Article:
The principles of religion are best learned at a young age because it is during this time that habits are formed. If you can practice austerity as a habit, you will have a much easier time coping with changes to financial conditions in adult life. If you can practice mercy by avoiding meat eating at a young age, you will not be tempted to eat animal flesh when you get older. Practicing the principles of religion from the start of life gives you a better opportunity to purify consciousness and follow the path laid down by Arjuna with full confidence.
A nice feature of the highest system of religion is that it is not exclusive to a specific type of person or age group. At the heart of the spirit soul’s qualities is a deep love and affection for the Supreme Spirit, who is the same Krishna. Love is the universal language, and it can thus be spoken by any person, regardless of their prior training or lack thereof. Surely it is more difficult to accept the need to love God when you have developed so many bad habits, but if the motivation is sincere, the ignorance strengthened through years of impiety can be dispelled in an instant.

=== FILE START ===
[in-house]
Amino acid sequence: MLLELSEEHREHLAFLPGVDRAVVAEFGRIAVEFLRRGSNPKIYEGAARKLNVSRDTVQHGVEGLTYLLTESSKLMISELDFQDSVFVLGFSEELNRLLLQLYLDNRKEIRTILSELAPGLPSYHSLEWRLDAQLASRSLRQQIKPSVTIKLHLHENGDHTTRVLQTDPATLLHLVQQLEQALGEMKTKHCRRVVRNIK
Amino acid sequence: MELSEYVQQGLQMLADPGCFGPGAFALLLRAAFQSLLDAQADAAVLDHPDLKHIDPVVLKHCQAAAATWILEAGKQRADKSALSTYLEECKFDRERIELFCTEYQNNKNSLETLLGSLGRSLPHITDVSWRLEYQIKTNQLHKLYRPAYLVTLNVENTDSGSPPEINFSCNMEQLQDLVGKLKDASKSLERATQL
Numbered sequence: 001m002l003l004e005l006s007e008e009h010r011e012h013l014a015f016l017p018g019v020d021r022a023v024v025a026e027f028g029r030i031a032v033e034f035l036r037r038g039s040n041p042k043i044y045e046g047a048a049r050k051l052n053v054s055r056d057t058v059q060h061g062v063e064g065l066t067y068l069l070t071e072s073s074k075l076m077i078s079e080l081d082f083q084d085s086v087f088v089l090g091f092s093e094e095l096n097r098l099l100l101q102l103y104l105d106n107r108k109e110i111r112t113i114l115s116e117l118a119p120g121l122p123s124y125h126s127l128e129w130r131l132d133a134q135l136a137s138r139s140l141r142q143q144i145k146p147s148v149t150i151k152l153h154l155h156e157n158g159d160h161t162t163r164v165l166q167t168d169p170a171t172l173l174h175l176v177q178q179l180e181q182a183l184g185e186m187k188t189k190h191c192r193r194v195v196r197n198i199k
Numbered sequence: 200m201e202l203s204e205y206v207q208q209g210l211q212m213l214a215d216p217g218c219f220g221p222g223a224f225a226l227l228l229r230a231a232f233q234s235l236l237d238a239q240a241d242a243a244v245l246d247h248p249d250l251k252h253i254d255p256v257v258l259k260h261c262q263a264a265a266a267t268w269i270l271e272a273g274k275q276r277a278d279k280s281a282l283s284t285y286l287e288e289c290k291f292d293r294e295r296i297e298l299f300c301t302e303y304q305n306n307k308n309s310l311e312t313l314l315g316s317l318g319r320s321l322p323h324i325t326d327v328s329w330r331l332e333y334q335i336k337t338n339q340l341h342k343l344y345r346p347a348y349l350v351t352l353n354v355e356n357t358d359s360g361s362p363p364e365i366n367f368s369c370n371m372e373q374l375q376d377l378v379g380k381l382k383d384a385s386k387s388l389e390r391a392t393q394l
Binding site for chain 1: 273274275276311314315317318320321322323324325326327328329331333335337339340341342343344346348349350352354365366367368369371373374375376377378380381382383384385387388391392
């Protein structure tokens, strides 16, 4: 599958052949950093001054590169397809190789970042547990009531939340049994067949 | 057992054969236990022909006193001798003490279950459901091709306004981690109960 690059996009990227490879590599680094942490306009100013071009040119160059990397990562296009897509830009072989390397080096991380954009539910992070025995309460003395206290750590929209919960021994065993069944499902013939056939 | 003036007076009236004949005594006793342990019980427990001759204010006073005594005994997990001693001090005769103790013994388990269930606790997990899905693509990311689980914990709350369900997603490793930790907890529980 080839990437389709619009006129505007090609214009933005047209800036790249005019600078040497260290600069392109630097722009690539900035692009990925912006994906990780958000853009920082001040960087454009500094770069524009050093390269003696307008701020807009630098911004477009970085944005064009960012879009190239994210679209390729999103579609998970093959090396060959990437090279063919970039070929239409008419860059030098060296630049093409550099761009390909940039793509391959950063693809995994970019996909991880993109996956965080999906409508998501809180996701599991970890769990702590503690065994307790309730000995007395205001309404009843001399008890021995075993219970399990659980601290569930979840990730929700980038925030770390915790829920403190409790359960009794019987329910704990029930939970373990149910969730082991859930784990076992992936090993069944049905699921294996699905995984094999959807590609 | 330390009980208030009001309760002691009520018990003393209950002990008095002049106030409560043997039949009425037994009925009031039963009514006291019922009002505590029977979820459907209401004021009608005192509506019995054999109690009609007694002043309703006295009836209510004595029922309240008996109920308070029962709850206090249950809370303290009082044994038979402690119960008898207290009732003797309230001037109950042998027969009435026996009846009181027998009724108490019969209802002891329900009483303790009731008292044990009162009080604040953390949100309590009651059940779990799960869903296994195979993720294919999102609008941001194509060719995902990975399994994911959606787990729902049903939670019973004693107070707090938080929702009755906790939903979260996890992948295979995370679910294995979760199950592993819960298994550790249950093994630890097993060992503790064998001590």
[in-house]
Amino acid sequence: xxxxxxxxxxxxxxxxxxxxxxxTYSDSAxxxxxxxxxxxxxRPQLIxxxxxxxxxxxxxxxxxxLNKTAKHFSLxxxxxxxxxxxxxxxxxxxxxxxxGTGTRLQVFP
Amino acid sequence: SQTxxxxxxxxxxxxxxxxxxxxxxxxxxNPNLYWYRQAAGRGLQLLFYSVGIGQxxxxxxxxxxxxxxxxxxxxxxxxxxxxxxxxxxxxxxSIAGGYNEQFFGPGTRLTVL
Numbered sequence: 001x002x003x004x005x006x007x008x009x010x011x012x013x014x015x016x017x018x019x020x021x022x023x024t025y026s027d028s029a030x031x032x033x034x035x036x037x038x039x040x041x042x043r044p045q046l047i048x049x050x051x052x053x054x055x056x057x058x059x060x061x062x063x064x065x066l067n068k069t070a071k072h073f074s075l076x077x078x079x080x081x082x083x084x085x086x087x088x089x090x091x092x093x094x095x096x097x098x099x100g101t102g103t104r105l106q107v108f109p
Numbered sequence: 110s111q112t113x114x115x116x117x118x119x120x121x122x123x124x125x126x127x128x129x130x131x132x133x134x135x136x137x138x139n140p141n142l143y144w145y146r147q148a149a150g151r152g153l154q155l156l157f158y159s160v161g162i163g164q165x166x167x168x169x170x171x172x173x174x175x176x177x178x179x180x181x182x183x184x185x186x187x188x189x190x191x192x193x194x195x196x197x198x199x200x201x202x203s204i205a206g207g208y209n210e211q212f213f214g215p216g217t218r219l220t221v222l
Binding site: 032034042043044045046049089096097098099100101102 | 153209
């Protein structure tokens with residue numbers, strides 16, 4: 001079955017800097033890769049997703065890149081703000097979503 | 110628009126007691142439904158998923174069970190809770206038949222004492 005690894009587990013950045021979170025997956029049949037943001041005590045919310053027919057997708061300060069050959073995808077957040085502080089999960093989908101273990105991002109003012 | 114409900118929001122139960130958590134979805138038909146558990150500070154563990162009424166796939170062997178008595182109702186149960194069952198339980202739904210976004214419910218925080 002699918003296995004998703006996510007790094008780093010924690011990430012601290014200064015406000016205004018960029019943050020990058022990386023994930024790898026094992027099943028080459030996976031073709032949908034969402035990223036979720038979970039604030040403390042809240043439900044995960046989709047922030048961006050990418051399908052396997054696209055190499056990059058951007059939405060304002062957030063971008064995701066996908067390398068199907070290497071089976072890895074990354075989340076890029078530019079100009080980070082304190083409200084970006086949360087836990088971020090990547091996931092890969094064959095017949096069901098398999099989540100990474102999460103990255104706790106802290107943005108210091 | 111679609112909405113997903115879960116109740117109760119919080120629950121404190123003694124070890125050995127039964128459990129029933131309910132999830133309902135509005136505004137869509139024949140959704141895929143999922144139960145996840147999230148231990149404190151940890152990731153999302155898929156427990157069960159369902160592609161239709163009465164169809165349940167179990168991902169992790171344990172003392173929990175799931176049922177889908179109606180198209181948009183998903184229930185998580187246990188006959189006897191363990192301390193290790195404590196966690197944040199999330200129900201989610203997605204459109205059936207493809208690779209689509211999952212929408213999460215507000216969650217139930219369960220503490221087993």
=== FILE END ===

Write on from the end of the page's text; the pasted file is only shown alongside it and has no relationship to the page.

So what is the latecomer to do? How can they catch up? What is the crash course for divine love, bhakti-yoga? The best method is to simply hear the holy names, “Hare Krishna Hare Krishna, Krishna Krishna, Hare Hare, Hare Rama Hare Rama, Rama Rama, Hare Hare”. To hear these sacred sounds anywhere, produce them regularly by chanting. Follow the recommendation of chanting this mantra as often as possible, keeping in mind the ideal daily routine of sixteen rounds per day on a set of japa beads. If you like, pay no concern at the beginning to right and wrong, life and death, reincarnation and heaven. Austerity, cleanliness, mercy and truthfulness are built into this sacred mantra, empowered by the most merciful preacher, Shri Krishna Chaitanya Mahaprabhu.